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CAP Home > CAP Reference Resources and Publications > NewsPath > NewsPath® Archives > Virtual Colonoscopy and Colorectal Cancer Screening

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Virtual Colonoscopy and Colorectal Cancer Screening

Posted July 1, 2010

Soumya Pandey, MD

Colorectal cancer (CRC) is the third most common type of cancer and second leading cause of cancer death in the United States, accounting for approximately 9% of cancer deaths overall.1 CRC is a rare diagnosis before age 40, but its incidence rises progressively thereafter. Most CRCs arise from adenomatous polyps, and the adenoma to carcinoma progression can take more than 10 years. This slow rate of malignant transformation and tumor progression thus allows prevention of cancer by early detection and removal of polyps. Despite the availability of multiple screening options, CRC remains a considerable cause of morbidity and mortality. Stool-based screening tests, such as fecal occult blood testing, are associated with low sensitivity and specificity. On the other hand, endoscopic screening options have a higher sensitivity and specificity but lack patient acceptance due to the pain and discomfort associated with these invasive procedures.

These shortcomings of available screening tests have driven the search for alternate strategies that are safe, cost-effective, and acceptable to patients. Virtual colonoscopy, first described by Vining in 1996,2 is one such rapidly evolving, minimally invasive method for direct visualization of the colon. The entire colon is distended with air, and then several images are acquired either by magnetic resonance imaging (MRC/ magnetic resonance colonoscopy) or computed tomography (CTC/ computed tomography colonoscopy). The images are reconstructed and analyzed on a computer through specialized software.

The test has several advantages over conventional colonoscopy: It visualizes colonic lumen as well as the colonic wall, thus aiding in accurate localization of lesions. The entire colon can be visualized even in the presence of a stenotic lesion, unlike conventional colonoscopy. It also allows simultaneous assessment of other abdominal organs, which is particularly of value in assessing the liver in patients with colorectal cancer, and other disorders such diverticular disease and inflammatory bowel disease. Although the test requires bowel preparation, there is no requirement for patient sedation and no procedural pain.

Virtual colonoscopy is not without drawbacks. For instance, an abnormal result needs to be followed by conventional colonoscopy for biopsy and/or excision, which may be difficult to coordinate resulting in patients undergoing bowel preparation twice or being lost to follow-up. Although the risk of radiation exposure with CTC is less than a barium enema, the cumulative radiation exposure risks with testing every five years, as currently recommended, are unknown. MRC is not associated with risk of radiation exposure, but it is contraindicated in patients with hip prosthesis and other metal implants. The methods of performing and interpreting the test also need to be standardized. Insurance coverage is also variable, and currently virtual colonoscopy is not covered under Medicare and Medicaid Services.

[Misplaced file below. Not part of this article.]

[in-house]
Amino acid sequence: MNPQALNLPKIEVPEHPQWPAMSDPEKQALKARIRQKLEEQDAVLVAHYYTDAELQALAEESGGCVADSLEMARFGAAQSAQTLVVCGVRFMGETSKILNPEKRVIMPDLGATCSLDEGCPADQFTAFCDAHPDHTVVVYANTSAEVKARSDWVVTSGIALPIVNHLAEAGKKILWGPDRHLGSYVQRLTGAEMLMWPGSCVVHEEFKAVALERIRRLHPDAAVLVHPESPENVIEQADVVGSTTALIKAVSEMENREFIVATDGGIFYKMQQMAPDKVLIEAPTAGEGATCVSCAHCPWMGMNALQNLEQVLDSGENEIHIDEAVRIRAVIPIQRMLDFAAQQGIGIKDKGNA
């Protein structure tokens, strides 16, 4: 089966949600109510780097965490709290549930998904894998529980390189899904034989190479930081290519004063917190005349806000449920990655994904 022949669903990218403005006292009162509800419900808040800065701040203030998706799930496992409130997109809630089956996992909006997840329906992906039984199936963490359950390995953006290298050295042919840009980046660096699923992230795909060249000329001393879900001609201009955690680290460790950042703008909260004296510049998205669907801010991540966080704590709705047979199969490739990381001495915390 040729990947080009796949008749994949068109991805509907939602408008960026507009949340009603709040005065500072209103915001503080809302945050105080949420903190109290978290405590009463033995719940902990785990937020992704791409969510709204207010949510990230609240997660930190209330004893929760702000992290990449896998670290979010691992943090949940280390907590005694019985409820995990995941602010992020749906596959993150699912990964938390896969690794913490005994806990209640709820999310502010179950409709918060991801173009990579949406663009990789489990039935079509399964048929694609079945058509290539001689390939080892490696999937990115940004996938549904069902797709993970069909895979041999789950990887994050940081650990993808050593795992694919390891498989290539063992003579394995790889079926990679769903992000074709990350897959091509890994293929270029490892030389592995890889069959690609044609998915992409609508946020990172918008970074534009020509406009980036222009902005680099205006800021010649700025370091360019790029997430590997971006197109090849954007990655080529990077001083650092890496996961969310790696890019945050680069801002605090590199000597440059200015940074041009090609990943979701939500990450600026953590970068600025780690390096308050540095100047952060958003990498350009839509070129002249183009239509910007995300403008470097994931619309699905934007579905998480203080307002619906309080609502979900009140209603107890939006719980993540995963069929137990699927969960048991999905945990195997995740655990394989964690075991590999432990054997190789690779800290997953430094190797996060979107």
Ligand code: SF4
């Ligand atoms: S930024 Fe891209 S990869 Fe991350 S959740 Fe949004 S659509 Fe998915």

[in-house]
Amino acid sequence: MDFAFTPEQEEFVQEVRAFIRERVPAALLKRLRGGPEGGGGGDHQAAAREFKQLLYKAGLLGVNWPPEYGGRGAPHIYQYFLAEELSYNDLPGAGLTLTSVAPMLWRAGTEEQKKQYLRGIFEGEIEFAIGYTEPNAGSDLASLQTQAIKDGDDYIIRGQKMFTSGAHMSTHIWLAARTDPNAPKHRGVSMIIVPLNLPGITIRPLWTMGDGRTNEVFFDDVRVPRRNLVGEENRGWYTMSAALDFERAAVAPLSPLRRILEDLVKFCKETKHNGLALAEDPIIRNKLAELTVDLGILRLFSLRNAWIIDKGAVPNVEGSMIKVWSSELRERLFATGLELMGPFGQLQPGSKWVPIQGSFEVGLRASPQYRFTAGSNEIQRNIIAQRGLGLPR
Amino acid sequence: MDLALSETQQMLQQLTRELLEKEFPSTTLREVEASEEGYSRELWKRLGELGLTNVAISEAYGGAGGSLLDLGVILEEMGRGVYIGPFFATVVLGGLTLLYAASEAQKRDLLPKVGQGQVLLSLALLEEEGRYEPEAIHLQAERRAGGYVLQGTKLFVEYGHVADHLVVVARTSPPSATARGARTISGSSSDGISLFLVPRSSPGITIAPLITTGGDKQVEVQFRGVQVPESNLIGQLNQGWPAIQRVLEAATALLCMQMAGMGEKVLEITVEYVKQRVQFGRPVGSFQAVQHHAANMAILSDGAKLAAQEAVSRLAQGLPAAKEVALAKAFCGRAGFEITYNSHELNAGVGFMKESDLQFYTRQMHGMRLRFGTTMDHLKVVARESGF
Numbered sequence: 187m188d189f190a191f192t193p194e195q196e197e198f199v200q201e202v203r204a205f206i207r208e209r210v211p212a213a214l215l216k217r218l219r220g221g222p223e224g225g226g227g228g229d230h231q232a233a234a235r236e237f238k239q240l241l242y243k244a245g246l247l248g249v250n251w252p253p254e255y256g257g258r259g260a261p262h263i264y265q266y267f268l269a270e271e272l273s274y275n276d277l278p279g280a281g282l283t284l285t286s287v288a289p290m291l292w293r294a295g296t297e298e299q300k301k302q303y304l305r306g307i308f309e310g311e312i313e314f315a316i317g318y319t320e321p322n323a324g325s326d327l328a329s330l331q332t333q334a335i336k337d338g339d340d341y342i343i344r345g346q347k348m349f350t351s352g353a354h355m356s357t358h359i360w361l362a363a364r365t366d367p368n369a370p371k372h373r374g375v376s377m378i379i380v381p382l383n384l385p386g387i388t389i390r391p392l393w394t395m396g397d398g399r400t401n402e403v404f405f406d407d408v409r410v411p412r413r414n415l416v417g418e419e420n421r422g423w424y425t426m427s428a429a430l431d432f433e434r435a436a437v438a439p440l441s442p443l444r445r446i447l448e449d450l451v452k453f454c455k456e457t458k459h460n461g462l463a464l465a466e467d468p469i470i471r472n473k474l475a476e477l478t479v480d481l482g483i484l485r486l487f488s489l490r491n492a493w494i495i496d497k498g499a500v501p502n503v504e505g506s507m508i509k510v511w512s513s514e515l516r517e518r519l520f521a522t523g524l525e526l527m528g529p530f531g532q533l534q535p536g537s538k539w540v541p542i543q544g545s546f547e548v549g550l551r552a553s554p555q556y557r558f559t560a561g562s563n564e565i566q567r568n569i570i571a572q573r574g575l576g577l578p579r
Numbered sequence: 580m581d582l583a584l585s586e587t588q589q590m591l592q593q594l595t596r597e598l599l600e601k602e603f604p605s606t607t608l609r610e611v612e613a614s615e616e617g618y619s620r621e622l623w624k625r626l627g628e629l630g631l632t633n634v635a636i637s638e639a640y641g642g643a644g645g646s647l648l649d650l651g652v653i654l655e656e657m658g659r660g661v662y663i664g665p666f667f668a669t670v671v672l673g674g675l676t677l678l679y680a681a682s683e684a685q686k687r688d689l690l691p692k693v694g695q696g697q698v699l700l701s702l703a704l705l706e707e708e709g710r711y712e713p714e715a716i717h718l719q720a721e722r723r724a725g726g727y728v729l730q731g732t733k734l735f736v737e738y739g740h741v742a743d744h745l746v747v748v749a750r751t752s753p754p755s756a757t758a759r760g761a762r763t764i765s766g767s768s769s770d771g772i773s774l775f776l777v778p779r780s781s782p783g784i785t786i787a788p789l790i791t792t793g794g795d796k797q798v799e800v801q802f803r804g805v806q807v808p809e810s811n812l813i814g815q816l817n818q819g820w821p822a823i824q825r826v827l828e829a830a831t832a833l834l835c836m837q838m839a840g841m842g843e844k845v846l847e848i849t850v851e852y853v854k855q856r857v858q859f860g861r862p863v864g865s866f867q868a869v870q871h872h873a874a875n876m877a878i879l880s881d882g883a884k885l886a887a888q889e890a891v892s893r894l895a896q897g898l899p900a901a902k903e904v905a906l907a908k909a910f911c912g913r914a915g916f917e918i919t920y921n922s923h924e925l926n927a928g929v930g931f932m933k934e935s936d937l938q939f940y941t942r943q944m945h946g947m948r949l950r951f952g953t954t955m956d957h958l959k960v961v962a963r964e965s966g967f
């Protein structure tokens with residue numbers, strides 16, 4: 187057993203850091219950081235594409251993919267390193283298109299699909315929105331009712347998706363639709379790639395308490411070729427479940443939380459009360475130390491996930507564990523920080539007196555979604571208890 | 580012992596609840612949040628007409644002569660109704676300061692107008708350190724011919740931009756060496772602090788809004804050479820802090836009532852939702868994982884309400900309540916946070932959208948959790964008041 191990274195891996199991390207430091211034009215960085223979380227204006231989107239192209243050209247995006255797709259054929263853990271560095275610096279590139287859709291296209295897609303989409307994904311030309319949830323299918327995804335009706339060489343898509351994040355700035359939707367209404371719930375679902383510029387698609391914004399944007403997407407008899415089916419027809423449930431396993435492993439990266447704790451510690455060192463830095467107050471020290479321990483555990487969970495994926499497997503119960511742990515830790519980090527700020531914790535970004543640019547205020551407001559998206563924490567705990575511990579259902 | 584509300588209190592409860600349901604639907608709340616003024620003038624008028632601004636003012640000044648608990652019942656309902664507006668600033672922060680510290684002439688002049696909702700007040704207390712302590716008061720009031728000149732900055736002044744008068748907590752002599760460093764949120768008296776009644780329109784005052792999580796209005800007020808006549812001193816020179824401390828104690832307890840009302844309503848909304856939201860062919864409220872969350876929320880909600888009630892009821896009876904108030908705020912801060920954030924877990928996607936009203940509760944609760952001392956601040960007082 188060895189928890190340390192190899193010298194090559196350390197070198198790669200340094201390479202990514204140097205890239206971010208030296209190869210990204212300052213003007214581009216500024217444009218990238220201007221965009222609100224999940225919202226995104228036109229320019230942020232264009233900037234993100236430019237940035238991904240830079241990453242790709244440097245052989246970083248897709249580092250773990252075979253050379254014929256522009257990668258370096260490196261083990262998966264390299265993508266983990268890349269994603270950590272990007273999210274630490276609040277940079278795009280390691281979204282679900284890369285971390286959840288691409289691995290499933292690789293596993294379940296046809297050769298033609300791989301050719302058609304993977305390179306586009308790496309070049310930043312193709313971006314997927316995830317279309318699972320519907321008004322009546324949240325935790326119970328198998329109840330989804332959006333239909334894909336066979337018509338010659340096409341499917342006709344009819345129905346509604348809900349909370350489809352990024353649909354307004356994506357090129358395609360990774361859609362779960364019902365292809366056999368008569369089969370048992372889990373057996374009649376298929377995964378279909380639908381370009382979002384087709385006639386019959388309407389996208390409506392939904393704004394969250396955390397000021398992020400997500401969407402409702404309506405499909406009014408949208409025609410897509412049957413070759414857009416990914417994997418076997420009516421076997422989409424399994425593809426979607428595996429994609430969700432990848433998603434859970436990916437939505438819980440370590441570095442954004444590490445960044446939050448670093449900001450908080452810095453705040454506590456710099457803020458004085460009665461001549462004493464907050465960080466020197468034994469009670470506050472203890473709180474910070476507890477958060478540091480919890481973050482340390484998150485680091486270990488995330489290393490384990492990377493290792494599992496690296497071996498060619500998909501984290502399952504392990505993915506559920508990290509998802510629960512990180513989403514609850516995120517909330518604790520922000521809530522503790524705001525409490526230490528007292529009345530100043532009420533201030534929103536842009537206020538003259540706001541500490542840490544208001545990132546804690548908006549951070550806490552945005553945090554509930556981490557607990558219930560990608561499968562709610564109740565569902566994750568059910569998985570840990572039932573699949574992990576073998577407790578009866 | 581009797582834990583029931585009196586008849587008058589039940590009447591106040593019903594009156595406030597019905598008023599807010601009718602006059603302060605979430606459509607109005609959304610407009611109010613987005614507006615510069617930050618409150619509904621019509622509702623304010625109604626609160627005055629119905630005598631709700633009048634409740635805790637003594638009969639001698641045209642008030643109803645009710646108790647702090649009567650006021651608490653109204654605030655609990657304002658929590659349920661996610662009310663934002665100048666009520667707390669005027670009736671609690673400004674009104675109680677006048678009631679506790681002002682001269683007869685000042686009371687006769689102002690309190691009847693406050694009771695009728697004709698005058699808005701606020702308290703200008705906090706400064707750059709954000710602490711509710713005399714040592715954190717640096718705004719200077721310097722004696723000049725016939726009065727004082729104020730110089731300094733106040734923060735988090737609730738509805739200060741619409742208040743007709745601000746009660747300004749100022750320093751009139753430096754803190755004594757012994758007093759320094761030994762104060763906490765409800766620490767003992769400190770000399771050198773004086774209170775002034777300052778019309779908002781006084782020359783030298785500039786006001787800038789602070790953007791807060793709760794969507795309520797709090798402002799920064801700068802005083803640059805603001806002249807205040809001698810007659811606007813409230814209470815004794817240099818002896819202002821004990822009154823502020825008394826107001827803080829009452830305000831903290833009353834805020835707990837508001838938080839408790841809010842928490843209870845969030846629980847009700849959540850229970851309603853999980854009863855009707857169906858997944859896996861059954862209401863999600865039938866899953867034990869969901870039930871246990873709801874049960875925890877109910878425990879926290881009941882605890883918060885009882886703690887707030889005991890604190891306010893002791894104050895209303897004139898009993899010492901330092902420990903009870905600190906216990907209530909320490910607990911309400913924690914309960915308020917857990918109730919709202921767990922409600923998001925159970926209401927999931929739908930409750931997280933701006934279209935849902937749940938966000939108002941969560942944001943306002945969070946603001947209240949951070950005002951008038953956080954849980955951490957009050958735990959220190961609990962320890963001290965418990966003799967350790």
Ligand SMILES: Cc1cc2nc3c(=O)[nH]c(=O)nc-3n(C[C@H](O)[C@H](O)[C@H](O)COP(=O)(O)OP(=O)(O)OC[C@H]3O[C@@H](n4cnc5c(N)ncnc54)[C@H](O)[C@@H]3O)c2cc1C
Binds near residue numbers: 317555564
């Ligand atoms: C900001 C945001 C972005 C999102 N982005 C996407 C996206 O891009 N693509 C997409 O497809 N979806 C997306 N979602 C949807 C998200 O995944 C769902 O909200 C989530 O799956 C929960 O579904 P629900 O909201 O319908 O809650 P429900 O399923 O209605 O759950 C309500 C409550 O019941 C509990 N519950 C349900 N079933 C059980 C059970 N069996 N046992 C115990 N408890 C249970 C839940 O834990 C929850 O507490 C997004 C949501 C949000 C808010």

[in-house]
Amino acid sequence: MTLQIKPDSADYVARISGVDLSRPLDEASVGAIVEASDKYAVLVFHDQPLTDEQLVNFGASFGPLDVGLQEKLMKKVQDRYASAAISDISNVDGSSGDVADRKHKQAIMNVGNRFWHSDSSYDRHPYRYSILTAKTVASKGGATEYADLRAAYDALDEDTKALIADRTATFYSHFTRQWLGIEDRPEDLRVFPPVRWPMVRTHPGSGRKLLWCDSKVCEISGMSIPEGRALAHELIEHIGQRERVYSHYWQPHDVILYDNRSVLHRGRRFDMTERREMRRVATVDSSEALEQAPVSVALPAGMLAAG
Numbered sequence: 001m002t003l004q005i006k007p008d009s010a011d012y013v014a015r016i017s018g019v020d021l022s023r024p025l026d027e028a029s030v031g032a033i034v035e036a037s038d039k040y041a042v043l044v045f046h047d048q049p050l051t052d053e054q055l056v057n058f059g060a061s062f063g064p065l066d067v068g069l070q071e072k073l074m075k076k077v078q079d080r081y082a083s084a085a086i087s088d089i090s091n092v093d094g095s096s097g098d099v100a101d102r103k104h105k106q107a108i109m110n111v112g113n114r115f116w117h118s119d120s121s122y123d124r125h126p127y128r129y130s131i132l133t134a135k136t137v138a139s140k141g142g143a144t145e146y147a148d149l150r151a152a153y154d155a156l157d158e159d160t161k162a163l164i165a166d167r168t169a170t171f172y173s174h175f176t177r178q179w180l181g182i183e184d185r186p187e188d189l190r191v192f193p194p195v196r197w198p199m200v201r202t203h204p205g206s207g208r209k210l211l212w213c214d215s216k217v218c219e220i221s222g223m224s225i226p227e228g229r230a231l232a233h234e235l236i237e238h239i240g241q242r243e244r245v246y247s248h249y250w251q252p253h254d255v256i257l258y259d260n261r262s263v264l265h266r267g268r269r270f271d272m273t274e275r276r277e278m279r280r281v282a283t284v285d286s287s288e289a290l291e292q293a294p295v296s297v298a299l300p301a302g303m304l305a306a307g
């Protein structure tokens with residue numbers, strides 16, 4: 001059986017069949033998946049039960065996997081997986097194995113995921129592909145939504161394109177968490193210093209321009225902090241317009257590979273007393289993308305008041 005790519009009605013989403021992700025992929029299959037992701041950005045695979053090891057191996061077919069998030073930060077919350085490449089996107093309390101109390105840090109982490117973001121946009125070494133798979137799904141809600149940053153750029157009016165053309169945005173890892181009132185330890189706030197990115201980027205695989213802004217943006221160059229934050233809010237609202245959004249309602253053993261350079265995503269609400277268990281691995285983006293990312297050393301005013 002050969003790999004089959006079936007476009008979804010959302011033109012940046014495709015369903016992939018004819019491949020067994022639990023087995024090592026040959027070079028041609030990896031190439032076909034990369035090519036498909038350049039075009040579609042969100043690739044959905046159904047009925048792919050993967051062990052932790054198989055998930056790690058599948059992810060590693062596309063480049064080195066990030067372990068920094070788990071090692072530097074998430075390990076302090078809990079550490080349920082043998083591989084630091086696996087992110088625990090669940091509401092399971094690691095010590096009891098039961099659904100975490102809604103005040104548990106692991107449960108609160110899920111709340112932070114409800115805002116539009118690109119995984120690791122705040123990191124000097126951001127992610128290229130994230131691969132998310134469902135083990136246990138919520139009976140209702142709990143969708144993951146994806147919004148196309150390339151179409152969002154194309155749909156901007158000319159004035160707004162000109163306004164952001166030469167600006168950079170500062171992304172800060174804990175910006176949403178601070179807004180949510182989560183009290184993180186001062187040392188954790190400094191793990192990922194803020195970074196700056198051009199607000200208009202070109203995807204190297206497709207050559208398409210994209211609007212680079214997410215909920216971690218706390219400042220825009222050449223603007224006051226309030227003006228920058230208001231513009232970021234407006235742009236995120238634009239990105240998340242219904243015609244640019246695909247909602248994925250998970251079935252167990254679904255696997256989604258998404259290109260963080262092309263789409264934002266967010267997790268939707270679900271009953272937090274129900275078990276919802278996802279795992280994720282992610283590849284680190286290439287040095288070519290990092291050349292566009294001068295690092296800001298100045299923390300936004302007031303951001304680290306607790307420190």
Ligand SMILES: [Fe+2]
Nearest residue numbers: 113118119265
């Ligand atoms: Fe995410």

Guidelines and Recommendations

The exact clinical utility and role of virtual colonoscopy is still being debated. Two different guidelines for its use have been issued: (1) US Multi-Society Task Force on Colorectal Cancer, American Cancer Society, and American College of Radiology recommend that it should be used for screening adults over 50 years of age who have an average risk for CRC and should be repeated every five years.3 Further recommendations include the use of conventional colonoscopy if polyps >6mm are detected on virtual colonoscopy. (2) On the other side, the US Preventive Services Task Force does not support the role of virtual colonoscopy in screening.4

References

  1. Jemal A, Siegel R, Ward E, et al. Cancer statistics, 2008. CA Cancer J Clin. 2008;58(2):71–96.
  2. Vining D. Virtual endoscopy: is it reality? Radiology. 1996;200(1):30–31.
  3. Levin B, Lieberman DA, McFarland B, et al. Screening and surveillance for the early detection of colorectal cancer and adenomatous polyps, 2008: a joint guideline from the American Cancer Society, the US Multi-Society Task Force on Colorectal Cancer, and the American College of Radiology. Gastroenterology. 2008;134:1570–95.
  4. Screening for colorectal cancer: U.S. Preventive Services Task Force recommendation statement. Ann Intern Med. 2008;149(9):627–637.

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NewsPath® Editor: C. Leilani Valdes, MD
This newsletter is produced in cooperation with the College of American Pathologists Public Affairs Committee and the NewsPath Editorial Board and may be reproduced in whole or in part as a service to the medical community. Copyright © 2010 by the College of American Pathologists.
Please e-mail any comments to newspath@cap.org.

 

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